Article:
Special Segment: The Making of a Terrorist

February 15, 2011 (CHICAGO)

Now, for the first time the public is hearing Shareef in his own words explain why a young man born and raised in America wanted to become a terrorist.

Shareef was a teenager living in Rockford when he converted to Islam. His mother has said she grew concerned about her son after he took trips to Detroit and Arizona, then grew distant as he became more radicalized.

The FBI says he was a young man who was working at a video game store by day while plotting to commit acts of terrorism in his off hours.

"You are the enemies of Islam, for the sake of Allah we are coming for you," Shareef says in a tape that looks like it could have been shot somewhere in the Middle East. In fact, the camera was 90 miles from Chicago in a Rockford home where the 22-year-old and a friend each made several videos declaring their desire for destruction.

"We will target you in your homes. We will target you in your businesses. We will target you in your synagogues and your churches. We do not fear you Kafirs. I swear by Allah I am ready to give my life right now for the cause," the tape says.

Days later, FBI agents arrested Shareef and charged him with swapping stereo speakers for what he thought were four live grenades and a handgun. Shareef's friend was actually an FBI informant who recorded Shareef plotting to detonate the grenades at Rockford's Cherry Vale mall during the height of the Christmas shopping season.

A born and bred American intent on killing his fellow countrymen. The type of person, Homeland Security says, is being recruited by foreign-born terrorists.

"Among these groups we are also seeing an increased emphasis on recruiting Americans and Westerners to carry out attacks," said U.S. Homeland Security Secretary Janet Napolitano last week.

"I would say it's a higher threat, a more likely scenario than an al-Qaeda inspired attack," said Robert Grant, FBI Chicago special agent in charge.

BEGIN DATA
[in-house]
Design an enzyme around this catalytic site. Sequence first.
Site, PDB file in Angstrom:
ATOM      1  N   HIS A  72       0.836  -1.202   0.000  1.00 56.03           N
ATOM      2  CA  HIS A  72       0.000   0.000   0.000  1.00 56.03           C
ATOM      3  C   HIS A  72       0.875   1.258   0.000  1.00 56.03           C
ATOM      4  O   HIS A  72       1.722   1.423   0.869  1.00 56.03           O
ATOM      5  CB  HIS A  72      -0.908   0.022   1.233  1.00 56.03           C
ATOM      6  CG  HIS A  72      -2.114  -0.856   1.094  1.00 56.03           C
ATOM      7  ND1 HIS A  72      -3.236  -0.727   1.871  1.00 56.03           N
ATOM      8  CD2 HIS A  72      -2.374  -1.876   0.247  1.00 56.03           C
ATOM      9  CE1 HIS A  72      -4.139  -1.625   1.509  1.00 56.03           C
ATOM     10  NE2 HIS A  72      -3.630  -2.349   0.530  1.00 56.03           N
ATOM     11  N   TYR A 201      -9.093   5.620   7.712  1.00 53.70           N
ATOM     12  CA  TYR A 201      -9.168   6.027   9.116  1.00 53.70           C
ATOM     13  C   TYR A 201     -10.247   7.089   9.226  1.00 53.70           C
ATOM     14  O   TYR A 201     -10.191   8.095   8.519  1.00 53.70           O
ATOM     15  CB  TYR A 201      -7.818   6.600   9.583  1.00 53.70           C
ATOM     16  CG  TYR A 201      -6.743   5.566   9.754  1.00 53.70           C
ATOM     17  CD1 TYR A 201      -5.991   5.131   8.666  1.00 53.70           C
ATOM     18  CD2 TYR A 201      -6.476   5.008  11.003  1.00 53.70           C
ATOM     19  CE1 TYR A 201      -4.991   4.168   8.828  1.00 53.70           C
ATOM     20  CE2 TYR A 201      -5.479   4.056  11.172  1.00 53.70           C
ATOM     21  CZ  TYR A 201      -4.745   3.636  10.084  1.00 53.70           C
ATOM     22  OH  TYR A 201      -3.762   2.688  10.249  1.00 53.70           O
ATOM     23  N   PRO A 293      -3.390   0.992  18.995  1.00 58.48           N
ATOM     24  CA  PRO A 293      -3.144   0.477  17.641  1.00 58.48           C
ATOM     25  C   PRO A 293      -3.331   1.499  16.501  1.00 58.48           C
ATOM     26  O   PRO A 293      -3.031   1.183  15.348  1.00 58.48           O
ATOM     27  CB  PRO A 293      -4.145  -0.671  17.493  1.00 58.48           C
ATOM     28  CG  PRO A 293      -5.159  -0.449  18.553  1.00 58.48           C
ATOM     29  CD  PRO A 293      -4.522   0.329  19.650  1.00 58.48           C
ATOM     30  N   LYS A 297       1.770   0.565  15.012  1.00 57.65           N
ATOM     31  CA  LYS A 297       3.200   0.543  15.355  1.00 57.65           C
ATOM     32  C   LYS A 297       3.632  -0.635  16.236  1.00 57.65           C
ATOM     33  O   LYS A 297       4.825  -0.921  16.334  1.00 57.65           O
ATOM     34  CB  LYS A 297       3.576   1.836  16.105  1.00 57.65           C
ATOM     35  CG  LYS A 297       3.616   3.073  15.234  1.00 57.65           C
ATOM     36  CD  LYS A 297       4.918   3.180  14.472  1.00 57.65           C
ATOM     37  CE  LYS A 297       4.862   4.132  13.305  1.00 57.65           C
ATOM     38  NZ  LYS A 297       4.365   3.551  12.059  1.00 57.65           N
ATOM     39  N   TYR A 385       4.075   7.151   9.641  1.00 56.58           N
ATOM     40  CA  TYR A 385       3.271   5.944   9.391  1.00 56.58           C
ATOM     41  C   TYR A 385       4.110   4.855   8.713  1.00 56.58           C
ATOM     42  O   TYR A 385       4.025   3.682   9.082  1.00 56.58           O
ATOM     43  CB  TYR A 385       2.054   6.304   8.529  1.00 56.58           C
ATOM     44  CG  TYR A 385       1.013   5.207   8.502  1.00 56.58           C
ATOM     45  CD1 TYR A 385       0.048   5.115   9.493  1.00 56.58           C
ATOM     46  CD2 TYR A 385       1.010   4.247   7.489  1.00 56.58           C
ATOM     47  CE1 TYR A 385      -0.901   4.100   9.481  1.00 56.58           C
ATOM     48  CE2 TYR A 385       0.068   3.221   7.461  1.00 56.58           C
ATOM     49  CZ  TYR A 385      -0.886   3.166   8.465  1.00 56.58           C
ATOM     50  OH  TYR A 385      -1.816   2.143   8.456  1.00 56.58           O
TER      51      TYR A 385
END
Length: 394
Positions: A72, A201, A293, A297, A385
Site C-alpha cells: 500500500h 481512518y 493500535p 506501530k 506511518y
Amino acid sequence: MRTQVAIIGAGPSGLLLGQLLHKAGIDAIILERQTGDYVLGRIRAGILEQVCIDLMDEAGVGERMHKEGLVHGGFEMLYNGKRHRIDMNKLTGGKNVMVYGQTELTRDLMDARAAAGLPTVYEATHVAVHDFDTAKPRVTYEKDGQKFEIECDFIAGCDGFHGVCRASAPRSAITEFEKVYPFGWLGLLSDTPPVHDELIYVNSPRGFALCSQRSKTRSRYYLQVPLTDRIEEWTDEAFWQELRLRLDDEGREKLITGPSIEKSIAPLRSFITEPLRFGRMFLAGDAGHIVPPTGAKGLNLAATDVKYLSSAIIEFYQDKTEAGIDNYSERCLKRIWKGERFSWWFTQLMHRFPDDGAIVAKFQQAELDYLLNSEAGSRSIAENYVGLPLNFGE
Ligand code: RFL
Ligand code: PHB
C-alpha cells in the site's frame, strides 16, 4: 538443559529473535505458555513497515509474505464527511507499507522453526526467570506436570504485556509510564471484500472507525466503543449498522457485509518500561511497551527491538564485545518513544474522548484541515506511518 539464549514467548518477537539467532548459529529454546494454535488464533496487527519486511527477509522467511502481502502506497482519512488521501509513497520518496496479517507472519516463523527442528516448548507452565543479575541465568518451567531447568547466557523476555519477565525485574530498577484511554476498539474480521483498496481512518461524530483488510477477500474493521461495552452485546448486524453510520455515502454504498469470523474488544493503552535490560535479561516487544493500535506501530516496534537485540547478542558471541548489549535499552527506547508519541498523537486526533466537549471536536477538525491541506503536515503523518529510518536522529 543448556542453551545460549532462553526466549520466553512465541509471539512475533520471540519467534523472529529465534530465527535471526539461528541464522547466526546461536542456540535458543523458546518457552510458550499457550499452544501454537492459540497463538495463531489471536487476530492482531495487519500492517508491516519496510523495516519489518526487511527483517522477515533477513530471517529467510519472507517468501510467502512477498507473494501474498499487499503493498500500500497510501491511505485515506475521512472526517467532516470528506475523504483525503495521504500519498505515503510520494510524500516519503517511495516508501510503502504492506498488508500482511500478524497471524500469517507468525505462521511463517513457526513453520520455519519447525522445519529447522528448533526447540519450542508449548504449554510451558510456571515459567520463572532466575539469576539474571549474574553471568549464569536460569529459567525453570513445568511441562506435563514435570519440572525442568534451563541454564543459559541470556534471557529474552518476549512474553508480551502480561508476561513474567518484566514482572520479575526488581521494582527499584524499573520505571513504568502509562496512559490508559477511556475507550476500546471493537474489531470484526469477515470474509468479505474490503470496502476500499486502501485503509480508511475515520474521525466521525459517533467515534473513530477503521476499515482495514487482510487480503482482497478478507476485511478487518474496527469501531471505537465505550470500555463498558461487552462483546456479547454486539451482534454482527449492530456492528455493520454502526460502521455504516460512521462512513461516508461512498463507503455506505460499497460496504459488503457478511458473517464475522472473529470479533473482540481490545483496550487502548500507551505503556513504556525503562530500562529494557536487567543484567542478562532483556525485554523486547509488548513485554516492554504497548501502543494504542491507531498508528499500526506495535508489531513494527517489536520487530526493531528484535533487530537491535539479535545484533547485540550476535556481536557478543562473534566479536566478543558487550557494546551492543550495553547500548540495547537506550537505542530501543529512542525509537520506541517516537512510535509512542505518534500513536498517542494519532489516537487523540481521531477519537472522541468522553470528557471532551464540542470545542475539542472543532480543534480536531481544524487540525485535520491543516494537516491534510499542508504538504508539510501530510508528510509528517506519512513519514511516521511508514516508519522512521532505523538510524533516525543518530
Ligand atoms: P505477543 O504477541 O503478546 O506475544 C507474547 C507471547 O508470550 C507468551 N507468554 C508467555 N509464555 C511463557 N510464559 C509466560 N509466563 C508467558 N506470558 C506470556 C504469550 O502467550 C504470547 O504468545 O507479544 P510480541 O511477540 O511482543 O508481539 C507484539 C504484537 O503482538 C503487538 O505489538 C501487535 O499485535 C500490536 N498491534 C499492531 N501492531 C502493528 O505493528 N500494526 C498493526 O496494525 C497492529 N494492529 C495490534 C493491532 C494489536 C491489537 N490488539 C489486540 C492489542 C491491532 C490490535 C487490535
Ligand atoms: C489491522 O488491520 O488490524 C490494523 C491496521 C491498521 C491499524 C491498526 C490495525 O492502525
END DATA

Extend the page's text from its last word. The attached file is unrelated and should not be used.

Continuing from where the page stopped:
The FBI and others have been working to understand how an American like Shareef can be radicalized without ever leaving the country.

"There is a lot of people attempting to determine how fast a person can go from non-threat to threat and it's gotten very short, in some cases, amazingly short. It manifests itself in a matter of months as opposed to years," said Grant.

For his part, Shareef said in a series of letters to me signed with the peace symbol that he just happened to know the wrong people. Now in court filings he contends he was entrapped by his friend the FBI informant and the martyrdom tapes he made are little more than "boasting and bragging."

Attorney Tom Durkin has represented accused terrorists housed at Guantanamo Bay. He argues people like Shareef - and the young man charged with plotting to set of a bomb outside Wrigley Field - are the latest examples of law enforcement casting a wide net.

"Once you start declaring a war on terror like you do a war on drugs you get into activities that become very questionable from a civil liberties standpoint," said Durkin.

Shareef is serving a 35-year-prison term in downstate Illinois. He said he was willing and anxious to talk with ABC7 about his case. The Federal Bureau of Prisons said no deeming an interview a potential security threat.

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